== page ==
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Electricity Price

 

The average price that a household with an average annual consumption of 2500–5000 kWh has to pay, was under 30 Ct / kWh in the first half of 2018. The price fell even lower for large industry consumers from 14,47 Ct / kWh in 2016 to 12,35 Ct / kWh in 2018.  [Eurostat]

 

 

 

Electricity price development

Data sources: [Eurostat][Eurostat]; [EPEX SPOT]; [UeNB];

 

 

 

In addition to the costs of electricity generation and supply, the electricity price that industrial and private customers pay also includes a variety of surcharges. The cost item generation, transport and sales, which made up 46 per cent of the electricity price in 2018, has remained more or less constant over the last five years. In addition, the electricity price comprises eight government taxes and levies [BDEW]:

  

 

 

 

Composition of the electricity price for households with a consumption of 3500 kWh a year

Data source: [BDEW]

 

 

The EEG levy fell from 6,88 Ct / kWh to 6,792 Ct /kWh (-1,3 percent) in 2018 and will drastically fall again in 2019 to 6.405 Ct / kWh. The main reason for this is mainly the increasing price for electricity, which result in lower portion of the assured feed-in price of the market premium and the EEG-levy to be provided. The share of photovoltaics fell by 0,2 Ct / kWh, wheras the share of biomass fell for another 0,1 Ct / kWh. When it comes to wind energy, a fall of the EEG-levy is recorded for on-shore wind energy, but it is evened out by a small increase for off-shore wind energy.

 

 

 

 

Composition of the EEG levy

Data source: [UeNB 2019][UeNB 2017][UeNB 2016][UeNB 2018]

 

 

In the compensation scheme for large electricity-intensive enterprises (§§ 40 ff. EEG), beneficiary enterprises pay a lower EEG levy depending on their electricity consumption and intensity, or are completely exempted. 2835 consumption points with a privileged power quantity of 107 233 GWh profited from this in 2016, whereas in 2015 there were only 2941 consumption points with a power quantity of 108 127 GWh [BMWi]. According to the 2014 calculations of the German Renewable Energy Federation (BEE), the industry privilege increases the EEG levy to the tune of 1.26 Ct / kWh. The same study quantifies the effect of declining electricity trading prices with 1.47 Ct / kWh [EEG].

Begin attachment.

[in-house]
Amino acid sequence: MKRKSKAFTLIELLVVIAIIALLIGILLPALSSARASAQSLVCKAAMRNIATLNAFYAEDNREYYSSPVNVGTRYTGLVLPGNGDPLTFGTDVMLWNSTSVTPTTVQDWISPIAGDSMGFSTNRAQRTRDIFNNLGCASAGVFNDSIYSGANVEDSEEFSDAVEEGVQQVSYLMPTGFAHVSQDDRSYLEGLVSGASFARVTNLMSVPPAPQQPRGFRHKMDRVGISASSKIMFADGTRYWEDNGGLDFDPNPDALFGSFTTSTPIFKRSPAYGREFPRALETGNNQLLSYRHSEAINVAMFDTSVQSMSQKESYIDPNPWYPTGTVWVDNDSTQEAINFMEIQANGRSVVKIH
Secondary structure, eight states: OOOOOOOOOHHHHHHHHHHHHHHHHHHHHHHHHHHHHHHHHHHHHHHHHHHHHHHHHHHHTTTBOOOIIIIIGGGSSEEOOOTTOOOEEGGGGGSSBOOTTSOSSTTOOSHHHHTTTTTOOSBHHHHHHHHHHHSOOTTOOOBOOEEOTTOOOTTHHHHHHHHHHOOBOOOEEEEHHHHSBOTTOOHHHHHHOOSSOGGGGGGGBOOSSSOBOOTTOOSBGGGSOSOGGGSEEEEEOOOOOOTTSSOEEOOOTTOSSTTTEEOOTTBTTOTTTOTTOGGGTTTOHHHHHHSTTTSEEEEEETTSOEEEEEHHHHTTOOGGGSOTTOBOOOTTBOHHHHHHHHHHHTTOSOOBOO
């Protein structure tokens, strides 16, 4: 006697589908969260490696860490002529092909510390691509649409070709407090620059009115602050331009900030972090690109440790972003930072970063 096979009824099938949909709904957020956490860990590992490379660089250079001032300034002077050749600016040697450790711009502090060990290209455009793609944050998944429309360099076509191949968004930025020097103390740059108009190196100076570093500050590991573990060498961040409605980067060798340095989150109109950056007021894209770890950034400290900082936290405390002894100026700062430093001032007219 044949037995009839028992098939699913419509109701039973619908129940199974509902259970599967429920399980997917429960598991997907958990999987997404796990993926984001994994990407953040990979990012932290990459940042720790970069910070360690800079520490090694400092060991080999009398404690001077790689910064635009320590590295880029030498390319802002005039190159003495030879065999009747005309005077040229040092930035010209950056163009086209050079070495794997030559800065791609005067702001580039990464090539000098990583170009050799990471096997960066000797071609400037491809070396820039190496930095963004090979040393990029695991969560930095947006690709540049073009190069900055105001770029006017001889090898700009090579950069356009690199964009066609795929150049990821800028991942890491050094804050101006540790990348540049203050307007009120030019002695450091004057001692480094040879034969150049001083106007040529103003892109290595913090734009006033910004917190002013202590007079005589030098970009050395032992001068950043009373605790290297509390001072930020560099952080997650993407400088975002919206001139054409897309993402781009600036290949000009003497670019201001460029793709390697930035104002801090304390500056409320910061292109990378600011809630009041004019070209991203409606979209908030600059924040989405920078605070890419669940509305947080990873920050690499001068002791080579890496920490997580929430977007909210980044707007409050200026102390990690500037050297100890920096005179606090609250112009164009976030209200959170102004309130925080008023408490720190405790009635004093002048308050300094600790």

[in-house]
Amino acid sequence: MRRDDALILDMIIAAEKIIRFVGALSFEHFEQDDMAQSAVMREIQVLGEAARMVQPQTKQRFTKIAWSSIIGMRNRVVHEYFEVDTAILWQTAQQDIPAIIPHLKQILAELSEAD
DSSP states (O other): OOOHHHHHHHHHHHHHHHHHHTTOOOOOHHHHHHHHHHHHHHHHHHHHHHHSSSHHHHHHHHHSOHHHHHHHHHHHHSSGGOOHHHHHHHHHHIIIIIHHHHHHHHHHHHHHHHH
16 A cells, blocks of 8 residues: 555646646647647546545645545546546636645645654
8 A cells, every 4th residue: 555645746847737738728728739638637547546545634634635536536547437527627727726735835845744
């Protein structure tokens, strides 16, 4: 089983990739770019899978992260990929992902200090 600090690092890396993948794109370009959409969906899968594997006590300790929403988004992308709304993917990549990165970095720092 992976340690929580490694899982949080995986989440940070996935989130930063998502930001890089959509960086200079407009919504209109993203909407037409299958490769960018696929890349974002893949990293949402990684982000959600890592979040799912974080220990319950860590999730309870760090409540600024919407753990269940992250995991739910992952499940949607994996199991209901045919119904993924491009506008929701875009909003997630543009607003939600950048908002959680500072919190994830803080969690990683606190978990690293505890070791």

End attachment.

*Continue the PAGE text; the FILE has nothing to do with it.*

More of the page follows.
Every October the TSO calculate the EEG levy due in the following year. The calculation of the levy is based on the September balance. As a result of deviations between prognosis and real-term development, the balance in September 2018 (based on the calculation for the levy in the following year) was € 3,652 bn. The positive coverage of the account affects the EEG levy with 1,035 ct / kWh (cf. figure). In order to compensate for uncertainties in the calculation of the TSOs, 0,423 ct / kWh were earmarked as liquidity reserve [UeNB 2019]. The extent to which the special compensation arrangements for electricity-intensive companies under Section 2 EEG were used has increased in reference to the previous year. The number of delivery points increased from 87 to 2840, with the privileged electricity quantity increase of 4,6 % to 110 500 GWh [BWA].

 

The trading volume for Germany and Austria (Phelix) on the EPEX spot market has doubled from 135 TWh in 2009 to over 264 TWh in 2015. Also contributing to this is the obligation to sell EEG electricity via the stock exchange that was introduced in 2010 [BNetzA]. The market price again sank further to a new record low at the beginning of 2016. From February to May the price was at a very low level. In the autumn the prices rose again and in November they exceeded the pervious year’s level. Strong demand from abroad also contributed to this, after several nuclear power plants in France had to be taken offline for safety checks.

 

There was already a record for electricity export in 2015. The export surplus was 49,120 GWh, an increase of 35 per cent over the previous year. Germany thus achieved a foreign trade surplus of € 2.06 bn in 2015, whereby 35,718 GWh electricity was imported for an average of 4.22 Ct / kWh and 84,838 GWh exported for an average of 4.21 Ct / kWh [DeStatis].

 

 

 

  

Foreign trade with electricity

Data source: [DeStatis]

 

When it comes to the foreign trade balance of 2018, there existed a rise of surplus in the electricity market from €1,81 billion in 2017, to €1,86 billion (see image above). The amount of imported electrical energy in 2018 lies at 31 135 GWh at an average price of 3,98 ct / kWh, whereas the 80 204 GWh were exported, at an average price of 4,28 ct / kWh [DeStatis]. The most important export-countries were the Netherlands, Austria and Switzerland.Electricity was mainly imported from France, the Czech Republic, Denmark, Austria and Switzerland.